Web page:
Few U.S. hospitals attain five-star quality of care

Only 2.2 percent of U.S. hospitals earned a five-star quality rating from CMS in its Overall Hospital Quality Star Rating (Star Rating) system, which reflects the level of patient care received. According to a CMS data brief preview and evaluation, 934 hospitals, or 20.3 percent, received a four-star overall hospital quality star rating. The most common rating was three stars, which was received by 1,770 hospitals, or 38.5 percent. Two stars were given to another 723 hospitals, or 15.7 percent, and 133, or 2.9 percent, received only one star.

Notably, another 937 hospitals, or more than 20 percent, were not assigned a rating. No star rating is assigned to hospitals that do not report or do not have the requisite minimum amount of data, which can occur for small or new facilities.

CMS’ Star Rating takes 62 existing quality measures already reported on the Hospital Compare website and summarizes them into a unified rating of one to five stars. Quality measures range from the routine care an individual receives when being treated for heart attacks and pneumonia to quality measures that focus on hospital-acquired infections, such as catheter-associated urinary tract infections.

Transparency

CMS believes that star ratings spotlight excellence in health care quality and make it easier for consumers to use the information on the Hospital Compare website (see Care to compare? Hospital five-star rating system now available, Health Law Daily, April 16, 2015). This is consistent with the call for transparent, easily understood, and widely available public reporting found in the Patient Protection and Affordable Care Act (ACA) (P.L. 111-148). The ratings also support using quality measures as a key driver of health care system improvement.

CMS had previously delayed its intended April 21, 2016, release of overall hospital quality star ratings on its Hospital Compare website until at least July 2016. The delay was partly attributable to efforts raising concerns about whether the involved methodology for star ratings provided a fair, accurate, and meaningful representation of hospital performance.

Lawmakers and associations, alike, noted that a number of the quality measures that are the ratings’ foundation impact teaching hospitals that treat patients of low socioeconomic status, treat more complex patients, and perform various complicated surgeries (see Lawmakers’, hospitals’ wish upon star ratings temporarily granted, Health Law Daily, April 21, 2016).

Lawmakers’, hospitals’ wish upon star ratings temporarily granted

To the approval of lawmakers and various hospital and medical school associations, CMS delayed its intended April 21, 2016, release of overall hospital quality star ratings on its Hospital Compare website until at least July 2016. The delay is partly attributable to efforts raising concerns about whether the involved methodology for star ratings provided a fair, accurate, and meaningful representation of hospital performance. The lawmakers and associations noted that a number of the quality measures that are the ratings’ foundation impact teaching hospitals that treat low socioeconomic status patients, more complex patients, and perform various complicated surgeries. In addition to delaying the star ratings, the regularly scheduled update of data on individual Hospital Compare measures will be delayed until May 4, 2016.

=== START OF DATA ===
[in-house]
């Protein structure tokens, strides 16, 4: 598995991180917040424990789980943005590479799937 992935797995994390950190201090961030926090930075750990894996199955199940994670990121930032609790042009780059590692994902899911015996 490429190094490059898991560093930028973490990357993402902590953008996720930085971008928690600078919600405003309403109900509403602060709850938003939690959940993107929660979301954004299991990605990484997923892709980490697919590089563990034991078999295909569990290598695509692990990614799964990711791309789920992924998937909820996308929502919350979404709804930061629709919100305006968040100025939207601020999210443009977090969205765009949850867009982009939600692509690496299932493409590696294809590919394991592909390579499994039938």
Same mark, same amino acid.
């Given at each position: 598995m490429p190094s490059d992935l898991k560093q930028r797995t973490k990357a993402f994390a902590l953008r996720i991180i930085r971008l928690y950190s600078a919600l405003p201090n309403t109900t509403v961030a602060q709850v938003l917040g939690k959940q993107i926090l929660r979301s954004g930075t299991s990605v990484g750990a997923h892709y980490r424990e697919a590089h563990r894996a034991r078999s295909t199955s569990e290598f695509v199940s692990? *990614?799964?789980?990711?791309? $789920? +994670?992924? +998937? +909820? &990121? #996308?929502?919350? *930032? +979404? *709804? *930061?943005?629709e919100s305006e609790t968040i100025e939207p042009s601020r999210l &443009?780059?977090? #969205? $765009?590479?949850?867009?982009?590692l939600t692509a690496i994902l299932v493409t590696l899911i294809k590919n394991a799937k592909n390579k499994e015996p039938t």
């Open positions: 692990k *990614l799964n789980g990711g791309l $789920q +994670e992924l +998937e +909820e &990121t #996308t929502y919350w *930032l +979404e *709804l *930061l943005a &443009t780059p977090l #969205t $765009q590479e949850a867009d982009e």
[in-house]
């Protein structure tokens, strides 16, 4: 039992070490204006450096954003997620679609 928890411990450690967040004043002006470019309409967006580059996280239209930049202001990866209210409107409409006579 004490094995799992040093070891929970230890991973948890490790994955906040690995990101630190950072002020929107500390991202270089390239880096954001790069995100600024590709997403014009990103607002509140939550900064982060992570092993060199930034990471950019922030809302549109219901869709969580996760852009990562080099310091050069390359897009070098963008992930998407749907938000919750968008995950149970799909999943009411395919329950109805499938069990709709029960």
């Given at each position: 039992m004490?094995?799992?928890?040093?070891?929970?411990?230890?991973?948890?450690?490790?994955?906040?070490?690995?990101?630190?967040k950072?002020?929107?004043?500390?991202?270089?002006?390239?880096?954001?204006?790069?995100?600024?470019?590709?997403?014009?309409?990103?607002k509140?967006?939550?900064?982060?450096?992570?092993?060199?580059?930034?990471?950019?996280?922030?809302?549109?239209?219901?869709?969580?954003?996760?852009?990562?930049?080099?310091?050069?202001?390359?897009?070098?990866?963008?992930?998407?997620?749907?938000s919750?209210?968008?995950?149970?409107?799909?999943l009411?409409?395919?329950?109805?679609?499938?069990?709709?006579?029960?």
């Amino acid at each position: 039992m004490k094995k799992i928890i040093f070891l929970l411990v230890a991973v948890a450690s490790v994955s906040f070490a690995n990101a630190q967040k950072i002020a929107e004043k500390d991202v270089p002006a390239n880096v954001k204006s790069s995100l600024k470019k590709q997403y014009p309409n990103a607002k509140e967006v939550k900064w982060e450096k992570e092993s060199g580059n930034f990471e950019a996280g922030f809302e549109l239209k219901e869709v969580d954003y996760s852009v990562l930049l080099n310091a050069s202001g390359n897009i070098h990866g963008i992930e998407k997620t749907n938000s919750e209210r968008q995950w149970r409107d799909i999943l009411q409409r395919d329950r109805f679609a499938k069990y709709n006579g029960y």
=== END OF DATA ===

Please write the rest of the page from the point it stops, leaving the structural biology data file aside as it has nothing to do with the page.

CMS believes that star ratings spotlight excellence in health care quality and make it easier for consumers to use the information on the Hospital Compare website (see Care to compare? Hospital five-star rating system now available, Health Law Daily, April 16, 2015). This is consistent with the call for transparent, easily understood, and widely available public reporting found in the Patient Protection and Affordable Care Act (ACA) (P.L. 111-148). The ratings also support using quality measures as a key driver of health care system improvement.

Concerns

Lawmakers had weighed in on the matter a few days earlier, urging CMS to delay the release and reevaluate its methodology. In a letter to CMS Acting Administrator Andy Slavitt, 60 Senators and 225 Representatives stated concerns that the hospital star ratings, in their current form, could unfairly mask quality or overweigh patient experience measures, which in turn would not help subsequent consumers make well-informed decisions about hospital choices.

It was noted that CMS had provided insufficient details regarding the methodology used to determine the star ratings, and that the agency had not provided hospitals with the data used to derive the ratings. Hospitals did not have the data to replicate or evaluate CMS’ work to determine whether the methodology was fair or accurate.

In addition, the American Hospital Association (AHA), Association of American Medical Colleges, America’s Essential Hospitals, and Federation of American Hospitals stressed the importance of appropriately adjusting for socioeconomic status and patient complexity in the star ratings. The associations noted that CMS had previously considered socioeconomic factors for Medicare Advantage and Medicare Part D programs. For instance, the Medicare Payment Advisory Commission (MedPAC) reported and recommended improvements for outpatient and inpatient facilities to further the ACA push to reevaluate the fee-for-service system drawbacks of rewarding quantity rather than quality of health care services (see MedPAC recommends Medicare reform in 2015 report to Congress, Health Law Daily, March 18, 2015). Both the lawmakers and the AHA asked CMS to incorporate the socioeconomic status on quality measures into future star ratings.